‘Pay-to-play’ galleries—which charge artists thousands to exhibit—are on the rise


“Pay-to-play” galleries, which charge artists hundreds, if not thousands, of pounds upfront to exhibit in group shows are on the rise.

While arguably giving a leg-up to artists early on in their careers, many say the practice preys on insecurities in an increasingly tough profession. “It is difficult, because in the beginning, your CV is empty and you need to fill it with something—group shows, awards, competitions, anything,” says one British artist who wishes to remain anonymous. “Everyone’s desperate. You want to believe that someone’s discovered you and they are offering you something, so you fall for it.”

According to one contract seen by The Art Newspaper, an established Mayfair gallery is asking artists to stump up more than £4,000 to participate in a group show in London. In addition, artists must pay commission on sales and bear the cost of shipping to and from the gallery.

The Brick Lane Gallery in East London charges artists to exhibit

Other businesses mentioned by multiple artists The Art Newspaper spoke to include Brick Lane Gallery in London, whose website openly points out that charges to exhibit in group shows range from £660 for three metres of wall space to £1,980 for nine metres; the European Cultural Centre in Venice, which is understood to charge between €12,000 and €15,000 to exhibit; the Cube Art Fair, which costs as much as $7,000 to participate in; and ITSLIQUID, which operates independent art fairs and exhibitions and charges “entry fees” in the region of €300.

Charging artists to exhibit at art fairs—but not taking a cut on sales—is not uncommon. The Other Art Fair, for example, invites independent artists to participate for a fee. Luca Curci, the director of ITSLIQUID, notes that its fee covers several services, “among them the mounting and dismantling of the exhibition, the press office work, the opening ceremony, a dedicated video interview and a published interview, shared on all our socials, website and some magazine partners”. The business does not charge any commission on sales, Curci stresses.

The dealer Gregoire Vogelsang, who founded the Cube Art Fair, operates a similar model. “The artist or their gallery representative pays a fee upfront to the organiser of the fair and reaps 100% of the sales [they make] during the show […] The participation fee includes everything—stand, lighting, storage, signage, etc,” he says. “Typically artwork featured for sale at the Cube Art Fair range anywhere from €5,000 to €200,000, with an average pricing around €10,000-€20,000.”

‘Not illegal, just misleading and unethical’

Nina Comini, a board member of the European Cultural Centre, which is a non-profit foundation, notes that the organisation’s break-even point for its Venice show is €3.6m. Of its financing structure, she adds that 60% of presentations are bankrolled by galleries, 20% by governmental institutions, 15% by the centre itself and 5% by artists. “We are very well-aware that this is not an ideal situation, but due to lack of funding by the European Union, or any other governmental institution, and ourselves not being rich enough, especially after Covid, we see no other way how to make these exhibitions happen,” she says, adding that the organisation does not take commission on sales.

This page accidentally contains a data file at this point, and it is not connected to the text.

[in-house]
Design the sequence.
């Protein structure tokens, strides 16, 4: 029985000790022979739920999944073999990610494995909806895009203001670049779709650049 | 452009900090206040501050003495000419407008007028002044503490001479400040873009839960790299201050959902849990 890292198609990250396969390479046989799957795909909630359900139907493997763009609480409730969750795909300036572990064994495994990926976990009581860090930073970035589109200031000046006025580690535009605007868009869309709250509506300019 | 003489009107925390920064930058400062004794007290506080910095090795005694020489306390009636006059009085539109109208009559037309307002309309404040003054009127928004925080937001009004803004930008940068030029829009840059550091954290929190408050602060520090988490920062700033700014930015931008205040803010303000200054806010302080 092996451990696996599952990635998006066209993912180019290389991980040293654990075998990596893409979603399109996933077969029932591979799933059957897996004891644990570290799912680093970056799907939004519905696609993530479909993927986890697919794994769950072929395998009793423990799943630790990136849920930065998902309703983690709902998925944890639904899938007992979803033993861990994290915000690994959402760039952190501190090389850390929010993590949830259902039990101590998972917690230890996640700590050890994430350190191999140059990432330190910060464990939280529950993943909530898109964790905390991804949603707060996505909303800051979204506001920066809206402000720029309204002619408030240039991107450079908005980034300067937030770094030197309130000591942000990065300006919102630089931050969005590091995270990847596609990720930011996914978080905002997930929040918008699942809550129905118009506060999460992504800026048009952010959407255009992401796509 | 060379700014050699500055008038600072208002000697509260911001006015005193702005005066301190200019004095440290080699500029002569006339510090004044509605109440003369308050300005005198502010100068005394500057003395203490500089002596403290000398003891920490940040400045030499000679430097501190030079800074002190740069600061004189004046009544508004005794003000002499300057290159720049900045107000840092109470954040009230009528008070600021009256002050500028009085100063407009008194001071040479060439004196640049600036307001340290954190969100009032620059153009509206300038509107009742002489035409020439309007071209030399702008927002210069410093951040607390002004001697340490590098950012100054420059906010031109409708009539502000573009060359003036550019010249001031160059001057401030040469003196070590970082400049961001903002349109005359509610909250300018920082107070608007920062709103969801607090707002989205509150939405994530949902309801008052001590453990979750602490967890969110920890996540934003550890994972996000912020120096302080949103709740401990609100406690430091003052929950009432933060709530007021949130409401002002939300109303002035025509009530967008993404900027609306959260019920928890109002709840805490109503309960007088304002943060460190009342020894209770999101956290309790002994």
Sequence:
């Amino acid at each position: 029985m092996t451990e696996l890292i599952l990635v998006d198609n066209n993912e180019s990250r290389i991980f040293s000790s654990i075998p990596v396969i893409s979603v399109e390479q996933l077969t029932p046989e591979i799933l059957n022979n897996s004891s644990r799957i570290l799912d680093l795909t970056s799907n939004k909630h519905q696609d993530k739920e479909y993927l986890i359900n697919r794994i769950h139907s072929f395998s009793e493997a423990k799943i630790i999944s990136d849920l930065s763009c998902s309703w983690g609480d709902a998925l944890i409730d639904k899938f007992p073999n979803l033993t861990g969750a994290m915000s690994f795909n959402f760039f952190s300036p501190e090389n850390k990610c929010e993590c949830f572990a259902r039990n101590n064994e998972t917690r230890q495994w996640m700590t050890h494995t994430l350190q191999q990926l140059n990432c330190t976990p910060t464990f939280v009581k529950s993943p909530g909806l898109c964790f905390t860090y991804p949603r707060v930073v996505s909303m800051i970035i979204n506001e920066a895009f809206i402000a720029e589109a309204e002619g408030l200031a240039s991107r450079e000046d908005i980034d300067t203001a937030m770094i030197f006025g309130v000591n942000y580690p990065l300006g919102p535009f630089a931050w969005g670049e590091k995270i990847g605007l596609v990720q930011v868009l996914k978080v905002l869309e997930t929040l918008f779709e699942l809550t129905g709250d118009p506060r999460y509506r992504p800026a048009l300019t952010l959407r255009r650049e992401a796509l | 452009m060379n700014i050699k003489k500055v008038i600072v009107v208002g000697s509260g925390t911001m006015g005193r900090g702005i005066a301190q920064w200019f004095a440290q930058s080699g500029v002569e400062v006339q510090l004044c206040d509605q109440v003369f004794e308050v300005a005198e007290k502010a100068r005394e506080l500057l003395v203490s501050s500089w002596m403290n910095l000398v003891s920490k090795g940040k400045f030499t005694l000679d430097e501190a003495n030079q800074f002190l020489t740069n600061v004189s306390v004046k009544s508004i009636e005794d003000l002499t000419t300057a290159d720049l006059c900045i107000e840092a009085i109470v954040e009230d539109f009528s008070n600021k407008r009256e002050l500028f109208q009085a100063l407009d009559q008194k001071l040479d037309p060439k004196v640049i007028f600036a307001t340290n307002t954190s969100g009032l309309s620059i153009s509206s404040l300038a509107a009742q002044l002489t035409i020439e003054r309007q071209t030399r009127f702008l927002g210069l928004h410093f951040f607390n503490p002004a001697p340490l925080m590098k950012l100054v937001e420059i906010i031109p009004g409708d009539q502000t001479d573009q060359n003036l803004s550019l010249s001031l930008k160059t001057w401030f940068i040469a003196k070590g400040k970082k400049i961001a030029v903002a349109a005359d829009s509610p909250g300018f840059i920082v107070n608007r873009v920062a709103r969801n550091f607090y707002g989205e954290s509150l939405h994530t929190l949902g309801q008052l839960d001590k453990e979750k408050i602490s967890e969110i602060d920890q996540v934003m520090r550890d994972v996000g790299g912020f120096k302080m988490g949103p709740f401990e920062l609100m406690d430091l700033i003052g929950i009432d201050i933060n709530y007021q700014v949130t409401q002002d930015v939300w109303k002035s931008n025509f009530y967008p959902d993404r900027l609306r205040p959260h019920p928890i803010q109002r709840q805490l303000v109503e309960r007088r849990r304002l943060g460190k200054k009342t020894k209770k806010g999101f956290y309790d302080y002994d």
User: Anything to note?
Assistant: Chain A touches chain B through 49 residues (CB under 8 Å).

Of course, sales are never guaranteed.

Some artists say these galleries fail to even promote their shows properly. As one puts it: “They will pretend that they are a real gallery who are interested in your work, when in fact, they just want to make money. They don’t have a list of collectors to promote you to, they don’t invite anyone to the private view and they don’t show your work to anyone. It’s up to us to do all the marketing and show the work to people. It’s not illegal, it’s just very misleading and unethical.”

While some galleries waive commission, or ask for a small cut (around 10% or 20%), some ask for a 40%-50% cut of sales on top of the exhibition fee.

No matter, says one artist. “The point is, they don’t care if you sell or not. They are hedging their bets by charging a fee upfront.” They add: “I know it’s tough for galleries—of course they take a risk every time they organise a fair or an event. But they know that there are always artists who don’t know the market well.”

Other red flags that “pay-to-play” galleries might present include asking artists to pay for their own shipping and rushing them to make a snap decision about an imminent show.

Awards and competitions are also being run as businesses, according to another artist, who says he now has “a huge credit card bill” thanks to an emerging artist prize he won. “They are money making machines,” he adds. 

When an artist wins a prize, they are often given a solo show alongside cash. But the costs of fabricating, framing and transporting works can sometimes be placed on the artist, even if that show is abroad. On top of that, it is not uncommon for prizes to claim around 40%-50% on any sales, according to one artist. “When I won a fairly prestigious award, it looked fantastic on my CV and on social media, but I didn’t sell anything. Being a winner really adds up,” they say.

As galleries and art businesses struggle to make money, charging artists to exhibit—whether in group shows, art fairs or awards—appears to be a growing phenomenon. “It’s happening more and more,” the prize-winning artist says. “Businesses are struggling to make money. So they’re looking for ways to monetise, because it’s guaranteed they’ll get something regardless. It’s not a risk for them, but it’s a risk for the artists.”


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